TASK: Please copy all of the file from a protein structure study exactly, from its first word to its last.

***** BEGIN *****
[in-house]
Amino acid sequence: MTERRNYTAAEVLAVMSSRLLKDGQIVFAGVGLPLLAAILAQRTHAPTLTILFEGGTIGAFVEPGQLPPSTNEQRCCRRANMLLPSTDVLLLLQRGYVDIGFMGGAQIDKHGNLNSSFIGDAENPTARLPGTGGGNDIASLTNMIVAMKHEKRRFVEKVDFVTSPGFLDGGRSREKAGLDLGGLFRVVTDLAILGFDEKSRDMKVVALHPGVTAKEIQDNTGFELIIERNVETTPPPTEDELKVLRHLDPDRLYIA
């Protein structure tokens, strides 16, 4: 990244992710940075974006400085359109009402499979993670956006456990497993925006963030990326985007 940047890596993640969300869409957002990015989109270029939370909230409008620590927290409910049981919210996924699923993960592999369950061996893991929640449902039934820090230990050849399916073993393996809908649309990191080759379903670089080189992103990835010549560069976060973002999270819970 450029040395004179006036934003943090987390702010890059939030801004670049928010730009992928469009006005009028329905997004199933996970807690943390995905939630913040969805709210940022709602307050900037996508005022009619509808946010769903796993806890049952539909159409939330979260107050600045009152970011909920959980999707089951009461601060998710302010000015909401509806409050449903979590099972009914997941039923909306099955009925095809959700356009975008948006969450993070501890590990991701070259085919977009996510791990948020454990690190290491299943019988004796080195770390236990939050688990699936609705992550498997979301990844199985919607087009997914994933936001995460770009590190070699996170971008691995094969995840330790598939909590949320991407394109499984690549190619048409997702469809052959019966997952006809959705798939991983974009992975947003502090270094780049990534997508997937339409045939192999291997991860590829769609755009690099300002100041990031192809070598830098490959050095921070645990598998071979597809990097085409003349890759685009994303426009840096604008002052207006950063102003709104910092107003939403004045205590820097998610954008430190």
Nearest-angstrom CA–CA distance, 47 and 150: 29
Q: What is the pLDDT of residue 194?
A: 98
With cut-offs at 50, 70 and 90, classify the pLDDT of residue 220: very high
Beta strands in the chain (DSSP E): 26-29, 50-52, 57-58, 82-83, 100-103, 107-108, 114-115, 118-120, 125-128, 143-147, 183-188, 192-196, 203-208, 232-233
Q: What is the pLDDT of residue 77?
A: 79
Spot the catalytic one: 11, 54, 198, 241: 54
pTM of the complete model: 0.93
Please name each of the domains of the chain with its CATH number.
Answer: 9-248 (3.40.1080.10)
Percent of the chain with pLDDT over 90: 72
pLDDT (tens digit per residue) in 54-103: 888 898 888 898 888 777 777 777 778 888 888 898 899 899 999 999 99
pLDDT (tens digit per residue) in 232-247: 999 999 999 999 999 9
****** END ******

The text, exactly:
[in-house]
Amino acid sequence: MTERRNYTAAEVLAVMSSRLLKDGQIVFAGVGLPLLAAILAQRTHAPTLTILFEGGTIGAFVEPGQLPPSTNEQRCCRRANMLLPSTDVLLLLQRGYVDIGFMGGAQIDKHGNLNSSFIGDAENPTARLPGTGGGNDIASLTNMIVAMKHEKRRFVEKVDFVTSPGFLDGGRSREKAGLDLGGLFRVVTDLAILGFDEKSRDMKVVALHPGVTAKEIQDNTGFELIIERNVETTPPPTEDELKVLRHLDPDRLYIA
């Protein structure tokens, strides 16, 4: 990244992710940075974006400085359109009402499979993670956006456990497993925006963030990326985007 940047890596993640969300869409957002990015989109270029939370909230409008620590927290409910049981919210996924699923993960592999369950061996893991929640449902039934820090230990050849399916073993393996809908649309990191080759379903670089080189992103990835010549560069976060973002999270819970 450029040395004179006036934003943090987390702010890059939030801004670049928010730009992928469009006005009028329905997004199933996970807690943390995905939630913040969805709210940022709602307050900037996508005022009619509808946010769903796993806890049952539909159409939330979260107050600045009152970011909920959980999707089951009461601060998710302010000015909401509806409050449903979590099972009914997941039923909306099955009925095809959700356009975008948006969450993070501890590990991701070259085919977009996510791990948020454990690190290491299943019988004796080195770390236990939050688990699936609705992550498997979301990844199985919607087009997914994933936001995460770009590190070699996170971008691995094969995840330790598939909590949320991407394109499984690549190619048409997702469809052959019966997952006809959705798939991983974009992975947003502090270094780049990534997508997937339409045939192999291997991860590829769609755009690099300002100041990031192809070598830098490959050095921070645990598998071979597809990097085409003349890759685009994303426009840096604008002052207006950063102003709104910092107003939403004045205590820097998610954008430190």
Nearest-angstrom CA–CA distance, 47 and 150: 29
Q: What is the pLDDT of residue 194?
A: 98
With cut-offs at 50, 70 and 90, classify the pLDDT of residue 220: very high
Beta strands in the chain (DSSP E): 26-29, 50-52, 57-58, 82-83, 100-103, 107-108, 114-115, 118-120, 125-128, 143-147, 183-188, 192-196, 203-208, 232-233
Q: What is the pLDDT of residue 77?
A: 79
Spot the catalytic one: 11, 54, 198, 241: 54
pTM of the complete model: 0.93
Please name each of the domains of the chain with its CATH number.
Answer: 9-248 (3.40.1080.10)
Percent of the chain with pLDDT over 90: 72
pLDDT (tens digit per residue) in 54-103: 888 898 888 898 888 777 777 777 778 888 888 898 899 899 999 999 99
pLDDT (tens digit per residue) in 232-247: 999 999 999 999 999 9